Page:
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My New Year’s Prepping Resolutions

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Editor’s Note: This post is another entry in the Prepper Writing Contest from S.S. Gregory. If you have information for Preppers that you would like to share and possibly win a $300 Amazon Gift Card to purchase your own prepping supplies, enter today.


It’s that time of year again; time to over eat and over drink, and wonder where on Earth 2016 went? So I write out small lists each year at this time and hope to focus on them. For literally nearly twenty years I wrote “get a degree” before getting one so it works but you still have to act on it. At my age time (52 or 364 in dog years) speeds up and the SHTF becomes harder and harder to physically deal with and life is busy so who has time for SHTF? Anyway the Government will save me or I will die in the nuclear fire-ball so why bother? Still, assuming you, like me, find these common arguments against prepping to be illogical then maybe you can add some good prepping resolutions for me in the comments?

Resolution One – Make sure I prioritize skills over toys

My Meetup Group is a decent source of fun, free, and often prepping activities. Lots of hikes to do and who knows I am loading the ruck with weight as bug out or bug back practice?

This one is hard for me as I work too much (two full-time jobs) but bills need paying, career needs growing, and I do not have much time. I have health care covered but everything else is weak. Some really are weak. What to do? I have bought a planner for 2017. I am going to find things to do and go and do them. My Meetup Group is a decent source of fun, free, and often prepping activities. Lots of hikes to do and who knows I am loading the ruck with weight as bug out or bug back practice? Good to use the legs and shoes and clothes outdoors. Not much foraging until later on in the year but I plan to take full advantage of these hikes and free skills meet ups. Groupon often has decent cheap day events in martial arts, archery, and even survival. I have used both these sites before and really need to do this more often. There are many great people in my area offering great skills. Even actual prepping groups offer free meetups to learn and try skills. The Ontario Preppers Network is a solid and well led organization in my area yet I am always working weekends so never have attended. That has to change I think!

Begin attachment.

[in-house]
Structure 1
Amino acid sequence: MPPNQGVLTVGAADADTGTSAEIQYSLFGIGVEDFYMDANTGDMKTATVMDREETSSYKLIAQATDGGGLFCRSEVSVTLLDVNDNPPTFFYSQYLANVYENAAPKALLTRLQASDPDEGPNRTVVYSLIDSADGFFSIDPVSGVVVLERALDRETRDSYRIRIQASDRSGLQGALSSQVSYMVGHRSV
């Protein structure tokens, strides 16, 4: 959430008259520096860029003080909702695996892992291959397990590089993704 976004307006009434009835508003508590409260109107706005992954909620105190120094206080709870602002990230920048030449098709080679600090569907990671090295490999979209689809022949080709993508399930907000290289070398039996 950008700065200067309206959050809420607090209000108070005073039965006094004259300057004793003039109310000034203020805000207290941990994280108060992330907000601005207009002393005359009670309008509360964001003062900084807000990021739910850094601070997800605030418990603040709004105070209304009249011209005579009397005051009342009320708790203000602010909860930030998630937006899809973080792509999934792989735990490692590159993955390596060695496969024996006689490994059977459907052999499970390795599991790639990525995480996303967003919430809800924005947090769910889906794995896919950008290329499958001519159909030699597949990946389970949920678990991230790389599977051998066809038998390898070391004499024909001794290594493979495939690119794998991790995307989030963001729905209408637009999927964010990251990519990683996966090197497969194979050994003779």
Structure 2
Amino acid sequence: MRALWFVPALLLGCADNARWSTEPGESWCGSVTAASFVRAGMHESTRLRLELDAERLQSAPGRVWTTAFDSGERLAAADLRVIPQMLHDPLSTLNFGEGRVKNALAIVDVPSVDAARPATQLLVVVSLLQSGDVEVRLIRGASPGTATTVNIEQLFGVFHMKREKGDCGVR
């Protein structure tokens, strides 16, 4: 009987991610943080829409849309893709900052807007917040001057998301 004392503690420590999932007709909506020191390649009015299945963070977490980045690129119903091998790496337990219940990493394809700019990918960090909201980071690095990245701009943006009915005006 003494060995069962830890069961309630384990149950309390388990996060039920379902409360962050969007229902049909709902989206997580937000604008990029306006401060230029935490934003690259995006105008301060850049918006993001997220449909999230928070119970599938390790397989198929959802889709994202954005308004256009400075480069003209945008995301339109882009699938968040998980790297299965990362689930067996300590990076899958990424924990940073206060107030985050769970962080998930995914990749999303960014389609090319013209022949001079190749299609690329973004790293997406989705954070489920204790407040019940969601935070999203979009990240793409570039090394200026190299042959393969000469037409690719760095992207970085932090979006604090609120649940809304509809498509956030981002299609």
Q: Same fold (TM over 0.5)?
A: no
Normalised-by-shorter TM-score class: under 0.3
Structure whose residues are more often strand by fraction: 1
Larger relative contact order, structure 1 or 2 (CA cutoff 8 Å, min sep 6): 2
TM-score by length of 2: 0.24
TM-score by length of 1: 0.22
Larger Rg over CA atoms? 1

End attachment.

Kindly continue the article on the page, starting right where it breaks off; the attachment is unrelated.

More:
Resolution Two – Organize My Preps

I do go through my bug out and get home bags frequently but in all honestly most of my none food preps are shoved in a cupboard. In the Summer I laid everything out in the basement and saw huge gaps I was utterly unaware of. I bundle the extra hard gear and tools into a tote box and buried that at my cottage on the next trip. That reduced my prepping supplies nicely and has given me a lot of useful things in the ground at the cottage. If the forest burns down I will still have those tools and gear and frankly they were just lying in a cupboard so win, win.

Having gear stored in one location is nice, but not always possible.

Still I do not use excel sheets or compulsively label and organize so this area will be a challenge. I need a bunch of decent tote boxes and to devote a day to sorting and storing the remaining gear. As I said I am not a list person so a permanent marker will be used to write the contents on the lids. This should work.

Resolution Three – Finish the Winterization Project

Being close to moose country it is easy to get decent winter clothing at reasonable prices and is vital as a prep. I’d say it is the key part of shelter up here in southern Canada as physical shelters might not be that warm in January. I have focused on it in 2016 and I am happy yet the gaps remain. I do not have decent boots only one pair of okay ones. I do not have decent trousers just okay ones. Worse I realized my girlfriend’s survival clothing it not decent at all. This has to be fixed and fixed quickly.

My hope is to go to the cottage next winter and leave the power off and even snow camp next to it to really try out the gear.

I will soon have a three-layered ground system for myself and my girlfriend to sleep on (thank you Pat and the Prepper Journal readers for my recent prize) and the sleeping bags, liners, and wool blankets seem decent. My hope is to go to the cottage next winter and leave the power off and even snow camp next to it to really try out the gear. Minimally I intend at least one overnight in February by myself to try this system out.

Resolution Four – Food Prepping beyond One Year’s Supply

Some things people find easy and for me food prepping is the one area I am good at. I label, bag, and store great foods, in good variety, and can eat them all and create okay meals. As a new prepper in 2015 I realized the few tins of baked beans I stored under the stairs in the UK in 1980 for the nuclear war with Russia would no longer given me much psychological comfort. I read and thought and saw that the 72 hours (one to two weeks) the Canadian Government recommends would be of little use in a major regional or national SHTF. By adding to the groceries and using cardboard boxes we soon got to six months and I am happy to say now have a further six months in buckets with small Mylar bags inside them.

What I want is a ten year supply for two people.